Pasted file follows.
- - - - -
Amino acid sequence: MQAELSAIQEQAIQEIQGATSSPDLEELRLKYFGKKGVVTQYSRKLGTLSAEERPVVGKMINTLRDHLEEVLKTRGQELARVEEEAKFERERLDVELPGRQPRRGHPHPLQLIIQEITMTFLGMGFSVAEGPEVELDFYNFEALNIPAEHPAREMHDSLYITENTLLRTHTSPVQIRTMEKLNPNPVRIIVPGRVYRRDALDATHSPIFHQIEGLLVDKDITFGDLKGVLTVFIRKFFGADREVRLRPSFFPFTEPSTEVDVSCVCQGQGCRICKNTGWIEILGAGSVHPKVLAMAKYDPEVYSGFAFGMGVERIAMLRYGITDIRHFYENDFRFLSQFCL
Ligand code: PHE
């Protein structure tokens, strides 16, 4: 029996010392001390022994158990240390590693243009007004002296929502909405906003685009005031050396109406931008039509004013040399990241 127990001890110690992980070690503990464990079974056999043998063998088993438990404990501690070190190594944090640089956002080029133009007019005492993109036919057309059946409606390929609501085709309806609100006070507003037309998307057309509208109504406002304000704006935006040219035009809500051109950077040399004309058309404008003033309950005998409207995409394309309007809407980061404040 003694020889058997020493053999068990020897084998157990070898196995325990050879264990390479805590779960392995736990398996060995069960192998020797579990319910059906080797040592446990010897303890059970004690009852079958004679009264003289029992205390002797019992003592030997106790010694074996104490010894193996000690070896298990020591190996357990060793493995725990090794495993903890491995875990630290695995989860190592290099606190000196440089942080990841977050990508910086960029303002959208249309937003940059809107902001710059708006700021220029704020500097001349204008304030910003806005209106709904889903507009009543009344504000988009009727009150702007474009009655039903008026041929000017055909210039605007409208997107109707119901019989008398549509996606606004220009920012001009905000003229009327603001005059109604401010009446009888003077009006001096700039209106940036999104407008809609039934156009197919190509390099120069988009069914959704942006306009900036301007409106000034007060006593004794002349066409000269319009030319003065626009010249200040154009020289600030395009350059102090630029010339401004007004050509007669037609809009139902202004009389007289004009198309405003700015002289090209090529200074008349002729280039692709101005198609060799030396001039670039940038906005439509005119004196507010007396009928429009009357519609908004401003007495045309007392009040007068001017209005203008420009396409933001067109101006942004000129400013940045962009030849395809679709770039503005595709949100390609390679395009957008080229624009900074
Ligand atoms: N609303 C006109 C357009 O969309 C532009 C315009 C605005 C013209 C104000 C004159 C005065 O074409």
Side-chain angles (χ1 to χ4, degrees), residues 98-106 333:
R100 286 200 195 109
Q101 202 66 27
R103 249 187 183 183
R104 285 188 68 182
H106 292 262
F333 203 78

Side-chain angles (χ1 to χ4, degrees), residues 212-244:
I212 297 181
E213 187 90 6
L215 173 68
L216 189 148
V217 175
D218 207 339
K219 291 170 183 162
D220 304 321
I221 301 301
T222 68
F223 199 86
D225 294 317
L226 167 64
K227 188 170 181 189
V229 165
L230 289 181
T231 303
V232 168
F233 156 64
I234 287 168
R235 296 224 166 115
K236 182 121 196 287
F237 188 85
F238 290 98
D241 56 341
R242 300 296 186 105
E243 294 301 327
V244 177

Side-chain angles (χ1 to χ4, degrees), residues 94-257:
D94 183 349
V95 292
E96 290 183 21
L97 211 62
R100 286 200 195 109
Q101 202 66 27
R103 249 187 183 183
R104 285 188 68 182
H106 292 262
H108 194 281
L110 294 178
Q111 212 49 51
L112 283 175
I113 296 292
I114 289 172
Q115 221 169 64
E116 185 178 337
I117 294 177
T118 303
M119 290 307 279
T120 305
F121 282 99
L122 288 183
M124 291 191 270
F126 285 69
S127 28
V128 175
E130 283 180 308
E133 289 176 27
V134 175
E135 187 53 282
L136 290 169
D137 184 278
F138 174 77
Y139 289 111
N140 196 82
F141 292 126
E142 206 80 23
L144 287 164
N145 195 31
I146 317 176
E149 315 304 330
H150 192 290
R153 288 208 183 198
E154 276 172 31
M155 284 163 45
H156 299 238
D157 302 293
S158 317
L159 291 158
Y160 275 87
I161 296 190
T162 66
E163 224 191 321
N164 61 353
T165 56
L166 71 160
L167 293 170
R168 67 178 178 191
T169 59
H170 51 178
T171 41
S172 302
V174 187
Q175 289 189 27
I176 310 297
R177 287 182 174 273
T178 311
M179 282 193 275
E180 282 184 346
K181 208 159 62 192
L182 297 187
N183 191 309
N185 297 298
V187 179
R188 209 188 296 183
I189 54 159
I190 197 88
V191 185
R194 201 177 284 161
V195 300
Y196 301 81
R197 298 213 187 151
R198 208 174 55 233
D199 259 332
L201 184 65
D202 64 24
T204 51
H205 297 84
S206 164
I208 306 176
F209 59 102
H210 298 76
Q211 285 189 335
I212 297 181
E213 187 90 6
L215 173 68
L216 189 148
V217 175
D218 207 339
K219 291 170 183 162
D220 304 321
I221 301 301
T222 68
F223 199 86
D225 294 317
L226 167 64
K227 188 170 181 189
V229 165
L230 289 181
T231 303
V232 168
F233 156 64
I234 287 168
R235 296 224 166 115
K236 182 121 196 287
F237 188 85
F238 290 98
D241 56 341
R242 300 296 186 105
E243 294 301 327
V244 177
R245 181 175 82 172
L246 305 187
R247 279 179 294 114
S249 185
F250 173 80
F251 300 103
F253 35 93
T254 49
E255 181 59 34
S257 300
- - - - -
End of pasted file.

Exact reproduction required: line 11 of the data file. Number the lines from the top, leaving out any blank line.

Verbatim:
F333 203 78